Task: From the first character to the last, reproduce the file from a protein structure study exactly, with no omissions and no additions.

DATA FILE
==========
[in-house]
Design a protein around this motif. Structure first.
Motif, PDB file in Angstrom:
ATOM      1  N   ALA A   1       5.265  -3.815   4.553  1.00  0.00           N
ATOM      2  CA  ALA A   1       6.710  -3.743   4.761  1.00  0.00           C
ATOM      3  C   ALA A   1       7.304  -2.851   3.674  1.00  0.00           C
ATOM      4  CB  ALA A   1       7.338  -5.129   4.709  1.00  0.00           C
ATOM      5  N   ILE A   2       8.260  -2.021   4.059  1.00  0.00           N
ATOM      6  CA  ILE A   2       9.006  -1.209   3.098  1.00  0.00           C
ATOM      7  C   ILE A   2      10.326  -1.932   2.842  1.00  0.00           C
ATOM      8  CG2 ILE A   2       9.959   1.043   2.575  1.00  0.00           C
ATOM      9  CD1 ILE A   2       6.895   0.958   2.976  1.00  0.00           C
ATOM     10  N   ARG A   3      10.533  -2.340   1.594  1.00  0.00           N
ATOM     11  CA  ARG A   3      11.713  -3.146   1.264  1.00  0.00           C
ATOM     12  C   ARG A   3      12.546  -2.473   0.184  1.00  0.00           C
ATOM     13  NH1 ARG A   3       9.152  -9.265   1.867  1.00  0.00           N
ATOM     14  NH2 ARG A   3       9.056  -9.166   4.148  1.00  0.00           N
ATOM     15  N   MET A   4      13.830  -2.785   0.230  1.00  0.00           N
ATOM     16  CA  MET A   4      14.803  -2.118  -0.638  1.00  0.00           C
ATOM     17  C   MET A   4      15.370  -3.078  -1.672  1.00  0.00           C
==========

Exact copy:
[in-house]
Design a protein around this motif. Structure first.
Motif, PDB file in Angstrom:
ATOM      1  N   ALA A   1       5.265  -3.815   4.553  1.00  0.00           N
ATOM      2  CA  ALA A   1       6.710  -3.743   4.761  1.00  0.00           C
ATOM      3  C   ALA A   1       7.304  -2.851   3.674  1.00  0.00           C
ATOM      4  CB  ALA A   1       7.338  -5.129   4.709  1.00  0.00           C
ATOM      5  N   ILE A   2       8.260  -2.021   4.059  1.00  0.00           N
ATOM      6  CA  ILE A   2       9.006  -1.209   3.098  1.00  0.00           C
ATOM      7  C   ILE A   2      10.326  -1.932   2.842  1.00  0.00           C
ATOM      8  CG2 ILE A   2       9.959   1.043   2.575  1.00  0.00           C
ATOM      9  CD1 ILE A   2       6.895   0.958   2.976  1.00  0.00           C
ATOM     10  N   ARG A   3      10.533  -2.340   1.594  1.00  0.00           N
ATOM     11  CA  ARG A   3      11.713  -3.146   1.264  1.00  0.00           C
ATOM     12  C   ARG A   3      12.546  -2.473   0.184  1.00  0.00           C
ATOM     13  NH1 ARG A   3       9.152  -9.265   1.867  1.00  0.00           N
ATOM     14  NH2 ARG A   3       9.056  -9.166   4.148  1.00  0.00           N
ATOM     15  N   MET A   4      13.830  -2.785   0.230  1.00  0.00           N
ATOM     16  CA  MET A   4      14.803  -2.118  -0.638  1.00  0.00           C
ATOM     17  C   MET A   4      15.370  -3.078  -1.672  1.00  0.00           C